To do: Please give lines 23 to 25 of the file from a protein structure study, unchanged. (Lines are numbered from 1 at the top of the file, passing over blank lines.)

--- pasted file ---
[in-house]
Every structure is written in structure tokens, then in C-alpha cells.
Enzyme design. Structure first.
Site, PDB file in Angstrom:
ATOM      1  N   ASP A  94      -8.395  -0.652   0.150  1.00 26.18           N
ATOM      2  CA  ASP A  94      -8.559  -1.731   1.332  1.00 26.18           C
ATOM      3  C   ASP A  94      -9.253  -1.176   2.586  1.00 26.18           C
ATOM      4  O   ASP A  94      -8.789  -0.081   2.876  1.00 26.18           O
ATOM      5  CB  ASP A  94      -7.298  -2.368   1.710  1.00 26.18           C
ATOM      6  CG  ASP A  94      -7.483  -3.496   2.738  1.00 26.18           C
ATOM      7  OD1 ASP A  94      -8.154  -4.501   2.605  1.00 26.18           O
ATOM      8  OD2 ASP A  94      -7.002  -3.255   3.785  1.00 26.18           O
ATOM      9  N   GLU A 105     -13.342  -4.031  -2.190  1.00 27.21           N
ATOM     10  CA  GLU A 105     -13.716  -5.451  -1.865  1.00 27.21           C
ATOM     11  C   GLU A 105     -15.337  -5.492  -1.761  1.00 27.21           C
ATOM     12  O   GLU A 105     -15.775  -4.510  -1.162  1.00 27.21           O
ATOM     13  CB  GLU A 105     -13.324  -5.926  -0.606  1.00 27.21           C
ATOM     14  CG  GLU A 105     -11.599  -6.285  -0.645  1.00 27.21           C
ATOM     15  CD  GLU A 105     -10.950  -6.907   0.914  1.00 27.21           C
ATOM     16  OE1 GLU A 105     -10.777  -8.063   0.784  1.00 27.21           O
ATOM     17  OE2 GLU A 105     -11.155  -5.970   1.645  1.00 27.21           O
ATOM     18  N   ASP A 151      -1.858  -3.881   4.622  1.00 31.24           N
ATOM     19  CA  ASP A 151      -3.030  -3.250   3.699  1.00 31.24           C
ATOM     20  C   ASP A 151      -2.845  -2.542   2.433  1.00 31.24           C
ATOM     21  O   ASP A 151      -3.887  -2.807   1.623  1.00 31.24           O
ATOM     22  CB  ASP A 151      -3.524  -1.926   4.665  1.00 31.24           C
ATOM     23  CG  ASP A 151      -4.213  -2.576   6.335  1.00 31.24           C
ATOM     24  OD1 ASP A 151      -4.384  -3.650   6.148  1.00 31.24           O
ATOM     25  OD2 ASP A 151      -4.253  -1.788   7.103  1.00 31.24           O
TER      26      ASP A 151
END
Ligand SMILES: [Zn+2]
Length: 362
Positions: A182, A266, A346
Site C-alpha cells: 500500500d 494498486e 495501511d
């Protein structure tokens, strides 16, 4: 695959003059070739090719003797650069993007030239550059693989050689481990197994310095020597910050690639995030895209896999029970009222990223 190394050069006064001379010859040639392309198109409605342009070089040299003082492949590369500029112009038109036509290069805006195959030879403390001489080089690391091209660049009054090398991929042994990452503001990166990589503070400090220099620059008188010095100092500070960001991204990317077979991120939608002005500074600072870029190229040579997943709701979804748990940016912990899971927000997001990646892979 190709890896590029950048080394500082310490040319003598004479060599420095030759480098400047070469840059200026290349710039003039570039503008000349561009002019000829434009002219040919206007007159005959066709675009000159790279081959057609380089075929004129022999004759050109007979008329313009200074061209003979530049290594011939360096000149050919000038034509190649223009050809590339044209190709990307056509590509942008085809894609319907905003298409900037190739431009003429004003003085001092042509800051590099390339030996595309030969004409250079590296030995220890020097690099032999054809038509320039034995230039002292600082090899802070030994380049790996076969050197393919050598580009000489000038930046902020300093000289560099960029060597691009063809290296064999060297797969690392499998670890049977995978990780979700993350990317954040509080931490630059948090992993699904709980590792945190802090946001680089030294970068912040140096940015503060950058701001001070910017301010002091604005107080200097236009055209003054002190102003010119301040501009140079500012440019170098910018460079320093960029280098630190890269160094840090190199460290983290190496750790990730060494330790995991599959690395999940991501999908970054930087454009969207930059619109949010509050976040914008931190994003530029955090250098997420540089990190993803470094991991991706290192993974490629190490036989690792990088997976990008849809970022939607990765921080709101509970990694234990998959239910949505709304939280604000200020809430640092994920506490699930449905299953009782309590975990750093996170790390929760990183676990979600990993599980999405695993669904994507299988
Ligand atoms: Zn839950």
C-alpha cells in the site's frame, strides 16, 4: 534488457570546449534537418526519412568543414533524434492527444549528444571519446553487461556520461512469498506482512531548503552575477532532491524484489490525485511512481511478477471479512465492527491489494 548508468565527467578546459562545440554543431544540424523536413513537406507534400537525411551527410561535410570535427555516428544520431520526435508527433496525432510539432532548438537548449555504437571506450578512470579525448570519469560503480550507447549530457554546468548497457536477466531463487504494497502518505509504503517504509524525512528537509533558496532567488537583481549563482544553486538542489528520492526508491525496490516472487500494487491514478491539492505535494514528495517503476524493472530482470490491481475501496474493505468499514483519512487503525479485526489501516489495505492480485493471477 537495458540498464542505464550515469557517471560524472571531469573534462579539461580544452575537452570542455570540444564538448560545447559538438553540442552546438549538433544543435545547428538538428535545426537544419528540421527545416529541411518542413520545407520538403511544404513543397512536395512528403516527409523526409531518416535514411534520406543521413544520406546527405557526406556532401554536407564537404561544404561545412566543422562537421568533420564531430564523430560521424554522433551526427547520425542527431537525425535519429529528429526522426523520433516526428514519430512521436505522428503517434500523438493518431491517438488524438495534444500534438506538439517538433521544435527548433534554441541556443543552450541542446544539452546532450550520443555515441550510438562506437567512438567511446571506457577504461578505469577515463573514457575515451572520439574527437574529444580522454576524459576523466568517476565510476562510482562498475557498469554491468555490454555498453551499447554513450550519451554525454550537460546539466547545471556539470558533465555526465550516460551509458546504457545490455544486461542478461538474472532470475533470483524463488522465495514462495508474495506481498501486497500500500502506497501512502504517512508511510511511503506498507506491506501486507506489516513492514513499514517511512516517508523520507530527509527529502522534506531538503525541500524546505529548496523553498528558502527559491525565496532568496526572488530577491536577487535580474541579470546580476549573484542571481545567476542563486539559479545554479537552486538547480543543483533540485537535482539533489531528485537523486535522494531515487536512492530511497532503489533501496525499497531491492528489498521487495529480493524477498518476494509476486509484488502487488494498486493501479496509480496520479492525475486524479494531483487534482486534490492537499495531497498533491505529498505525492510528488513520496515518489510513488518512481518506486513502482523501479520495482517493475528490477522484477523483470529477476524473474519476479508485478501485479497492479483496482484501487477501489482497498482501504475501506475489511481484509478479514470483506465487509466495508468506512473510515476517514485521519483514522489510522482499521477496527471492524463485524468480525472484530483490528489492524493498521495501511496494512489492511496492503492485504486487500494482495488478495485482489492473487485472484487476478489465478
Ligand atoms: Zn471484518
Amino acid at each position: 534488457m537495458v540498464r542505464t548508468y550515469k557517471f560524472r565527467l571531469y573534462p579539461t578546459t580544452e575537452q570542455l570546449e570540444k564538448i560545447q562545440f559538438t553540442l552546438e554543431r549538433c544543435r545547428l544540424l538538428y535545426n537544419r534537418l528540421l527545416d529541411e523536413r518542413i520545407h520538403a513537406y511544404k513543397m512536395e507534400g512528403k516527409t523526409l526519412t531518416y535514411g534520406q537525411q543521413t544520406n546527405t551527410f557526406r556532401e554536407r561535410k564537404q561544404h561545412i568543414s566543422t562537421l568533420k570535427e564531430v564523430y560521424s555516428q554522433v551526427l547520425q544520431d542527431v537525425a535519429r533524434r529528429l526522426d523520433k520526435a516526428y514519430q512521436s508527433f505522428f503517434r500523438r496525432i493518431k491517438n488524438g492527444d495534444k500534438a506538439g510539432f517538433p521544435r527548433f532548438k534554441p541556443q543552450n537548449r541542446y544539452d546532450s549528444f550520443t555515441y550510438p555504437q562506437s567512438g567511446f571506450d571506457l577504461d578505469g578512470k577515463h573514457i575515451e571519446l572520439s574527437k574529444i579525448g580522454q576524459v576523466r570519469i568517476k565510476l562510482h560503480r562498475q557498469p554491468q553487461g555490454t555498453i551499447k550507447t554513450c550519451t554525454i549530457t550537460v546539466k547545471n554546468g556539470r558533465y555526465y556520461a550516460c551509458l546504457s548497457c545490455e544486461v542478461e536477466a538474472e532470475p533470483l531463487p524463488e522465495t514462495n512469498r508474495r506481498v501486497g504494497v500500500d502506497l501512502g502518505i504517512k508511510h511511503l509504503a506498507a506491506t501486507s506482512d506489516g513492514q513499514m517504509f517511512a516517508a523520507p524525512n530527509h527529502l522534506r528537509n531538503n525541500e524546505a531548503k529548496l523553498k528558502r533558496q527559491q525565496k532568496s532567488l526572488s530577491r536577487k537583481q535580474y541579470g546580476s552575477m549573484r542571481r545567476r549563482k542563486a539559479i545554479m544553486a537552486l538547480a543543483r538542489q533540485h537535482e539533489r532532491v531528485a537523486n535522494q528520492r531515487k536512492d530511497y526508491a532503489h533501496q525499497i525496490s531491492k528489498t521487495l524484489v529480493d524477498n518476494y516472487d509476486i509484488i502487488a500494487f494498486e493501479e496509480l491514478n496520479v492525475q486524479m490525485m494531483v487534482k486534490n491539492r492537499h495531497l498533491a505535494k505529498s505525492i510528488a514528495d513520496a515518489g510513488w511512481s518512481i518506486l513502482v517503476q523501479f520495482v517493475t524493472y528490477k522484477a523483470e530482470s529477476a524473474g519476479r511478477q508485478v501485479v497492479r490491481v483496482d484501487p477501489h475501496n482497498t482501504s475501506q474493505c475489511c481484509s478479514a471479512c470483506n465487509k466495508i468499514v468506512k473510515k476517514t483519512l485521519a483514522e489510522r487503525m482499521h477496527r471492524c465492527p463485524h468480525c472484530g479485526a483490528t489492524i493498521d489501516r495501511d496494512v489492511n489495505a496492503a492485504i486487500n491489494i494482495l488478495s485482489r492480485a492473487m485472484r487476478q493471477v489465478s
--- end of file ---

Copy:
ATOM     19  CA  ASP A 151      -3.030  -3.250   3.699  1.00 31.24           C
ATOM     20  C   ASP A 151      -2.845  -2.542   2.433  1.00 31.24           C
ATOM     21  O   ASP A 151      -3.887  -2.807   1.623  1.00 31.24           O